A number of factors conspired to make my visit to DC a rather lazy one. As usual, summer US temperatures were well above my comfort zone, climbing into the 30s by the weekend. But outdoor wanderings were rendered even more perilous by smoke from Canadian wildfires. Despite being a good 500 miles away, a spot check on arrival revealed these had pushed the air quality index in the capital to 276 – very unhealthy, and approaching hazardous for everyone.
Fortunately I had lined up an indoor activity for each day. Whilst DC has a fantastic range of museums and other tourist sites which can be visited for free, most require booking – sometimes months in advance! A tour of the White House turns out to require embassy assistance, but I had managed to get tickets for the Library of Congress and the US Capitol, plus the International Spy Museum.
On my first morning, however, neither temperatures nor smog seemed excessive, so I made my way down to the National Mall to see two American icons: the Lincoln Memorial and Washington Monument. Sadly whilst the air was breathable it did not lend itself to photography – and nor did the crowds that had already formed by 8am! The memorial seems to be along the flight path for DCA airport, whilst the monument was constantly circled by a US Park Police helicopter. Linking the two was therefore not quite the peaceful waterside stroll I had imagined, and disappointed I cut short my explorations in favour of a leisurely brunch back at the hotel.
My afternoon visit to the Library of Congress much improved my mood – I think this was my favourite attraction in DC. The lavish interior feels religious, but instead of a deity this temple is dedicated to the pursuit of knowledge. Ironically as a tourist you cannot actually access any of the books – save for a Gutenberg bible on display in the great hall – so on any future visit I will try to arrange reading room access. But I was happy enough to explore the architectural treat of the visitor areas, which can be done at your own pace via an online audio tour.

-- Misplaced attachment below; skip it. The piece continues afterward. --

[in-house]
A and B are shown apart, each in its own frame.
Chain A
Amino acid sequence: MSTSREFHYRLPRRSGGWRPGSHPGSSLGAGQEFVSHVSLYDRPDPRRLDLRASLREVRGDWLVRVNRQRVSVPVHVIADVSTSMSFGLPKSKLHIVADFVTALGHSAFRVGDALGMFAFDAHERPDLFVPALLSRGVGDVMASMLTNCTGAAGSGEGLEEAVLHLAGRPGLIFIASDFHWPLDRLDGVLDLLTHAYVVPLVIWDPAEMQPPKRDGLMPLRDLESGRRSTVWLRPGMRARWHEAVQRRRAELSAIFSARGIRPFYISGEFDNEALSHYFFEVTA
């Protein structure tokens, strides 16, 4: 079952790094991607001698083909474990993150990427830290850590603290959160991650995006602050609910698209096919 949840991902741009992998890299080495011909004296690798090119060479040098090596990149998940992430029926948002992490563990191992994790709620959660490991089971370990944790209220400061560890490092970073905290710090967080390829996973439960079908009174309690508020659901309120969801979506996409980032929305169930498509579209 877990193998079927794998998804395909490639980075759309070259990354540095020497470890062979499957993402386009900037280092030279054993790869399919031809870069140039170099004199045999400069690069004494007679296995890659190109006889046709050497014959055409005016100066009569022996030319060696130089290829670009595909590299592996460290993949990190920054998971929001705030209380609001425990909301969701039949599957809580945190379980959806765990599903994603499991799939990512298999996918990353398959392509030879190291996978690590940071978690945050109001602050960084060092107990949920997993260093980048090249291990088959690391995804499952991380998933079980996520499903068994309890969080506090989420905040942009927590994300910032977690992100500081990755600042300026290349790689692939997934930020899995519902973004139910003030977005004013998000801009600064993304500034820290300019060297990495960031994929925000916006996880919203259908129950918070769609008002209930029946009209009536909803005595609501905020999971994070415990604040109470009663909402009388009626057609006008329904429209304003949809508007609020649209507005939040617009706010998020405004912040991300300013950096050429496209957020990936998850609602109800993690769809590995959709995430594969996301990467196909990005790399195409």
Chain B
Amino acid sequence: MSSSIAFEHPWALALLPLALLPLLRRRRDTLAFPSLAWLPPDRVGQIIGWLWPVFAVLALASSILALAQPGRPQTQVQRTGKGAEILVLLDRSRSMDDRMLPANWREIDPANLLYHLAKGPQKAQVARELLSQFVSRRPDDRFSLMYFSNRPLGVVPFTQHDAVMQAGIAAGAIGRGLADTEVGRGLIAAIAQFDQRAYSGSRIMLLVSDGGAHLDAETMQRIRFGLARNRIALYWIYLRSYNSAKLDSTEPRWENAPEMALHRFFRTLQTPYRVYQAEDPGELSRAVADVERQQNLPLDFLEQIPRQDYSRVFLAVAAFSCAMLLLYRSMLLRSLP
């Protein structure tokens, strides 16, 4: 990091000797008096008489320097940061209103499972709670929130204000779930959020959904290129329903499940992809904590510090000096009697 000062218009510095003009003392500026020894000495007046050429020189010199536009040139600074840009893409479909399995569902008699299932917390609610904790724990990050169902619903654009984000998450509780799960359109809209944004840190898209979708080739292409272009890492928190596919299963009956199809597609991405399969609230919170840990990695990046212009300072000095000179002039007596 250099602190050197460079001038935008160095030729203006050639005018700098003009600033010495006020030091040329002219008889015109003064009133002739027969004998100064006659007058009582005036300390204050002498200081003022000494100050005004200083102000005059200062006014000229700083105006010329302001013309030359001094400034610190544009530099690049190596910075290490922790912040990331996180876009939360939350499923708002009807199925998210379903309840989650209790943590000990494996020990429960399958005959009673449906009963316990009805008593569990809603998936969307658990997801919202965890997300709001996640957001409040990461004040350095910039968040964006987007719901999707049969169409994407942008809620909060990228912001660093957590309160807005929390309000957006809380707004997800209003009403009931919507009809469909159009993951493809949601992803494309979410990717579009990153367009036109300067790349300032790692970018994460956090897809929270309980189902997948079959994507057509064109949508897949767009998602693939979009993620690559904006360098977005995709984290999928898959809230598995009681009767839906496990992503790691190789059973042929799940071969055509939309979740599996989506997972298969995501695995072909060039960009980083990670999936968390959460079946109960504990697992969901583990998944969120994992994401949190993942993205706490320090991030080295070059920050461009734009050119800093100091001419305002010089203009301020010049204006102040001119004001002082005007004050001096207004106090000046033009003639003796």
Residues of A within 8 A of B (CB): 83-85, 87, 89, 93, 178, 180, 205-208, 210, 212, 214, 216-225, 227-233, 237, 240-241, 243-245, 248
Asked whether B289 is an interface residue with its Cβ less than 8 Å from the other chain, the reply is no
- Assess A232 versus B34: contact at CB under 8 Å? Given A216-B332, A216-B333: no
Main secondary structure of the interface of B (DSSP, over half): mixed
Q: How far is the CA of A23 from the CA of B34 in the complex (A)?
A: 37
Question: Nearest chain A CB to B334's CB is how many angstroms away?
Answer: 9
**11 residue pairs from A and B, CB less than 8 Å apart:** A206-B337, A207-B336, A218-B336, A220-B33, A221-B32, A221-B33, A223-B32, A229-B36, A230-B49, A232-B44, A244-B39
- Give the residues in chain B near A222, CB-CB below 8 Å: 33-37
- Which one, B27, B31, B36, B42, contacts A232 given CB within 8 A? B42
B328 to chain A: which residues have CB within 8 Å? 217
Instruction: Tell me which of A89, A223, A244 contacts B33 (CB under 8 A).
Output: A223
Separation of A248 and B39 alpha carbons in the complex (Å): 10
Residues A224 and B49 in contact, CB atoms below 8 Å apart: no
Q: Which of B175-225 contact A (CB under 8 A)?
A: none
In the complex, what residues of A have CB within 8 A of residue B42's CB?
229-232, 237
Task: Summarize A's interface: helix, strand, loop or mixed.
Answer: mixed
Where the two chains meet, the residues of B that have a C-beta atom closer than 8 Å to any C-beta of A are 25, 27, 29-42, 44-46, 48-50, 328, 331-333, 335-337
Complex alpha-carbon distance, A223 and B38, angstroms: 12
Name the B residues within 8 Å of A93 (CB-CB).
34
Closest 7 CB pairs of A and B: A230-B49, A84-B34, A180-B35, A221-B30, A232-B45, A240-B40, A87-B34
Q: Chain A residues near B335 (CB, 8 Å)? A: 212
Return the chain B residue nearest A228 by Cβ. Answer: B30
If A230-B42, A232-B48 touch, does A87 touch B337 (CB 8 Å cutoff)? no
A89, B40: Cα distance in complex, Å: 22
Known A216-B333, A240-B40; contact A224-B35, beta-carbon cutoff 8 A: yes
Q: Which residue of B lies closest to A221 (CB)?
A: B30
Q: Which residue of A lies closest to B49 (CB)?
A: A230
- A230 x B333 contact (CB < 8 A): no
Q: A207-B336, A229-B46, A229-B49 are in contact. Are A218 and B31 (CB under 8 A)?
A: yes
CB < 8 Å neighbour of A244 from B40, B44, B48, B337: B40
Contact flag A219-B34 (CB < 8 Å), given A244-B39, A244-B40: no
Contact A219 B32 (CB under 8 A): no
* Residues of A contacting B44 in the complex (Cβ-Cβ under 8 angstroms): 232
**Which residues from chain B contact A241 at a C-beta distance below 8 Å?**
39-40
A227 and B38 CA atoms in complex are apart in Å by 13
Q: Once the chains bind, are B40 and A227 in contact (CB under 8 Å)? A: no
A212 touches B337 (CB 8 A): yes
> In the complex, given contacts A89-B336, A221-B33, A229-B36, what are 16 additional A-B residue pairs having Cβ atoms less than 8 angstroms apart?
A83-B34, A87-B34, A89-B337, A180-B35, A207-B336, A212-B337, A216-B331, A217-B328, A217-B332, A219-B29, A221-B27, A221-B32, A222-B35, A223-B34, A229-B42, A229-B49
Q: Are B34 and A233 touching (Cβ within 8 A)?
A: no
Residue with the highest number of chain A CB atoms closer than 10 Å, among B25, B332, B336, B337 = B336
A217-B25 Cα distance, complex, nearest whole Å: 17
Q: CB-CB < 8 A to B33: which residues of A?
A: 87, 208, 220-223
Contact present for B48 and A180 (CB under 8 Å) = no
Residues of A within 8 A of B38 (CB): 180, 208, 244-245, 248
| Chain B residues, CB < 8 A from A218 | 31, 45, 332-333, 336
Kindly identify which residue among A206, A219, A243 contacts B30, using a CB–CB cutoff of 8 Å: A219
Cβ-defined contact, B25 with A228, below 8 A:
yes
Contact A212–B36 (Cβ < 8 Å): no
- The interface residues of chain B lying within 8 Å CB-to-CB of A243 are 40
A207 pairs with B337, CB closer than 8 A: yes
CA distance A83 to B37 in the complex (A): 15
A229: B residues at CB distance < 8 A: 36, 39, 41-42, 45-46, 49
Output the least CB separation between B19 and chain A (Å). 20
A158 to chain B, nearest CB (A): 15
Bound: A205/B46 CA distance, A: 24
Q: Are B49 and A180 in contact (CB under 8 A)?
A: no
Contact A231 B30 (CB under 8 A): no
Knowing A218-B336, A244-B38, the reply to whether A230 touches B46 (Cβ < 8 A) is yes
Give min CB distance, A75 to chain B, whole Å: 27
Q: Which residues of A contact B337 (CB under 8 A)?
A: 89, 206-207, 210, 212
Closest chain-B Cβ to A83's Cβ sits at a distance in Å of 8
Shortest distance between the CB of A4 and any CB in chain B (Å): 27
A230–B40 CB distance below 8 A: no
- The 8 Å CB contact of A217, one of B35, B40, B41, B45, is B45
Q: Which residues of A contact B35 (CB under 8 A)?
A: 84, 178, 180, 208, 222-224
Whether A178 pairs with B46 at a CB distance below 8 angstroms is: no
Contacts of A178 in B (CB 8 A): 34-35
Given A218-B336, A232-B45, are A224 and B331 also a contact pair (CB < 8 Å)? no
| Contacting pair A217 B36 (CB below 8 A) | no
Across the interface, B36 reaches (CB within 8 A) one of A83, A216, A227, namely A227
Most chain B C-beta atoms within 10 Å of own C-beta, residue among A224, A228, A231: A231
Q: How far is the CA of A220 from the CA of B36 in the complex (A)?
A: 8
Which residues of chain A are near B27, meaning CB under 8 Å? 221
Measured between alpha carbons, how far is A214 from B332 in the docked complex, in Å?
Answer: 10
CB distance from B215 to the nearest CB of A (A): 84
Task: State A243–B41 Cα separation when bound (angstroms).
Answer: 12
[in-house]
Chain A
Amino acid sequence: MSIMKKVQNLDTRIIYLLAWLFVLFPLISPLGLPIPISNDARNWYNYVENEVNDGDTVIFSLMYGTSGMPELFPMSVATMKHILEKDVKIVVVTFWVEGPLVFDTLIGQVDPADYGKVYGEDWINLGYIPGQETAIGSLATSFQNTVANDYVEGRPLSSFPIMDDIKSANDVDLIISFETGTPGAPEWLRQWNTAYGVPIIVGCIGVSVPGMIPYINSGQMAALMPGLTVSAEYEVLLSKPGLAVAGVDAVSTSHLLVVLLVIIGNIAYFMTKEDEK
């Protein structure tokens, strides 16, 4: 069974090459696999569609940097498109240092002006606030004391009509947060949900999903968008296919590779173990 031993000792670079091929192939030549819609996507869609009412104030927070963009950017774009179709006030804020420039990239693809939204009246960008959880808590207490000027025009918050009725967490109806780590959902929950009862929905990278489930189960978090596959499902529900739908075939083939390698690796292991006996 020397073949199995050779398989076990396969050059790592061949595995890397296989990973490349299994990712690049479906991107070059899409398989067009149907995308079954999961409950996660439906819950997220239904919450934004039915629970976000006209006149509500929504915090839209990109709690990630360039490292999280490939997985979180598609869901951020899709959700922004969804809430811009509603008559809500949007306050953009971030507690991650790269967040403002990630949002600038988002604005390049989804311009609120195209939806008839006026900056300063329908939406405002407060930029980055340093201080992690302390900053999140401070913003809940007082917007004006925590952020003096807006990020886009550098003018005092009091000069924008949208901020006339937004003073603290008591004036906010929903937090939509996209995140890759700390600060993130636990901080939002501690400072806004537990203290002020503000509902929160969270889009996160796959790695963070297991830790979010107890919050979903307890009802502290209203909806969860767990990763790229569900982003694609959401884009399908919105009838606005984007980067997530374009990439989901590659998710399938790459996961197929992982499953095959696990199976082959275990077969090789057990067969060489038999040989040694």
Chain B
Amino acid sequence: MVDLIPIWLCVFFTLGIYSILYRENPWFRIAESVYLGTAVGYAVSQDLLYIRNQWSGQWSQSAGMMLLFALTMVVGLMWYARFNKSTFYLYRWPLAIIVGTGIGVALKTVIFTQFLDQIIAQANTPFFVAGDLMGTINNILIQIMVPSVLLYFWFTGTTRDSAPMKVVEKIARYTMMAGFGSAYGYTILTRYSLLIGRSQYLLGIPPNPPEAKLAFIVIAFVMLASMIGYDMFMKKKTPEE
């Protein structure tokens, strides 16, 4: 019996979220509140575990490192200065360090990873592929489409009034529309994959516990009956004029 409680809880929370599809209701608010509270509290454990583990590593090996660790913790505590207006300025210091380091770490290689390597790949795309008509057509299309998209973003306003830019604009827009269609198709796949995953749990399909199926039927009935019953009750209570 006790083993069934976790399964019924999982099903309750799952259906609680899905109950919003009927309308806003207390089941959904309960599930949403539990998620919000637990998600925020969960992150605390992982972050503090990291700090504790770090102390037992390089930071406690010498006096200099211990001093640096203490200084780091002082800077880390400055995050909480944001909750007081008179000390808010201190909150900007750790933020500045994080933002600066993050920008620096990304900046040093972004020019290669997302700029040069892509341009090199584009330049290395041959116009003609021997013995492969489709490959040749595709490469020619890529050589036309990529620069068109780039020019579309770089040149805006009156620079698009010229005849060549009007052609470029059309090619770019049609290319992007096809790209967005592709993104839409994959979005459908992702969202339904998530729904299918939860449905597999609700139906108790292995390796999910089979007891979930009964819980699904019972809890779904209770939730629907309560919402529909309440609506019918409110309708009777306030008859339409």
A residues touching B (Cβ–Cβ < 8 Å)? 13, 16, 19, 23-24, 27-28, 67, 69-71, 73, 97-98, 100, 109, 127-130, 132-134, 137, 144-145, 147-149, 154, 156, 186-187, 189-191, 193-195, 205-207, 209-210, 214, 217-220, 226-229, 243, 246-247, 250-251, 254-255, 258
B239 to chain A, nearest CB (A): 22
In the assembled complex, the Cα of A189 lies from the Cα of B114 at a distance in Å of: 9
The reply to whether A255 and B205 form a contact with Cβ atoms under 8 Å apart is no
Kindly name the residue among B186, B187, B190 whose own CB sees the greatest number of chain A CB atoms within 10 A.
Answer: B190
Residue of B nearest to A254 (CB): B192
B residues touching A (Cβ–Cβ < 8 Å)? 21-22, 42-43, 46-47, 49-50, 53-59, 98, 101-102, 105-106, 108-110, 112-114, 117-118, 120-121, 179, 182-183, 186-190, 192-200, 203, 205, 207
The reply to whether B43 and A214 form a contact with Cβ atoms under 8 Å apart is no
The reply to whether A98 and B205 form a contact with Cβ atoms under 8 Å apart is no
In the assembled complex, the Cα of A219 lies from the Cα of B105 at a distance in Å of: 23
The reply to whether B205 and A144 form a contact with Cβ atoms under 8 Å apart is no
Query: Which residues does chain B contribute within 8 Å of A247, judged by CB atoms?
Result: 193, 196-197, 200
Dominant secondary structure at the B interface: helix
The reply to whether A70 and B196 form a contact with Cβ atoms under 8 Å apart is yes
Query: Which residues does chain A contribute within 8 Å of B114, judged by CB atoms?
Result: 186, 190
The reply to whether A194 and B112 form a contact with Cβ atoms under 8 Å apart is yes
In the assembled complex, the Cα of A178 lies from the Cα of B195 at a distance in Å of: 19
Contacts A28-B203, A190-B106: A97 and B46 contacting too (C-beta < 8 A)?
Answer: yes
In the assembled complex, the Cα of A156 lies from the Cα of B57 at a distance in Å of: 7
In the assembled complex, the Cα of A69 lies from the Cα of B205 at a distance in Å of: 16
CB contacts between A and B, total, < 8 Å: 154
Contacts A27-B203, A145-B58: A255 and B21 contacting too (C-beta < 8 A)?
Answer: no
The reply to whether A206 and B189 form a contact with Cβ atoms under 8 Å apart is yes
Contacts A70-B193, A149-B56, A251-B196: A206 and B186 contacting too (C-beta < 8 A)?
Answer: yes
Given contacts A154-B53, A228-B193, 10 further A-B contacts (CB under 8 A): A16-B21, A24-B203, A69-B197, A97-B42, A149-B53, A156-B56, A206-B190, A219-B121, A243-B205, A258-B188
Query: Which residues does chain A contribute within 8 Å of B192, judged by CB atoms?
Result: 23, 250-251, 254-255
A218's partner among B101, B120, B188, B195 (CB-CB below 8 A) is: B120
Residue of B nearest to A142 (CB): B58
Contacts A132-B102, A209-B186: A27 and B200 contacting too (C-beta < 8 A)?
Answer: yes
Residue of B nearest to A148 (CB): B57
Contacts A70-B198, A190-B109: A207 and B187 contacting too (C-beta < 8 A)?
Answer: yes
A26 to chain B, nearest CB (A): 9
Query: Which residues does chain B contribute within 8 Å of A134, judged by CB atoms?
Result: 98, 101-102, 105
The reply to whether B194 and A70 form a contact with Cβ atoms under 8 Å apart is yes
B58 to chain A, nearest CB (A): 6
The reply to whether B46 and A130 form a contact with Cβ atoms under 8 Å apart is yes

The experience is – understandably – rather more managed at the US Capitol, somewhere high on my list to see after enjoying the Utah and Idaho state capitols last summer. Breezing through security far faster than advertised, I was able to trade my ticket for an earlier time slot and joined hundreds of visitors in a cinema-sized auditorium. Here we began with a fifteen minute film extolling the virtues of the American system of government – if only reality lived up to the ideals promoted!
For the rest of the tour we were assigned to guides, although groups were large enough that we needed radio headsets to hear them! Whilst having an expert on hand to answer questions was great, having to keep pace with the pack was a bit frustrating: I’d rather have had more photography time in the rotunda than visiting the National Statuary Hall, which was hard to appreciate amongst a crowd.
That evening I intended to give the Mall another shot, but arrived to the Lincoln Memorial to find it even busier than yesterday. By dumb luck I had stumbled upon “From Sea to Shining Sea”, a free performance by the US Army Band. I later learnt that this required tickets, but nobody stopped me as I settled in on the memorial steps to enjoy the sunset to music.
I couldn’t resist pairing the National Cryptologic Museum with the International Spy Museum, but for some reason I was expecting the latter to be a bit amateurish or cheesy. I could not have been more wrong – this is a seriously polished attraction. On arrival you are given a mission briefing narrated by no less than Morgan Freeman, then assigned a secret identity for various activities throughout the museum. They’re entirely optional, but this almost 40 year old enjoyed them 🙂 Not having been climbing all week, I was also glad to ace a hang test that I watched many younger and fitter people fail!
The place is vast, covering all kinds of espionage topics: I spent 2.5 hours looking around, and could easily have added another hour reading in even greater detail (I skipped a lot of code-breaking content as it was fresh from the NCM). Perhaps not an obvious choice for a first visit to DC over, say, the Smithsonian, but I definitely recommend it.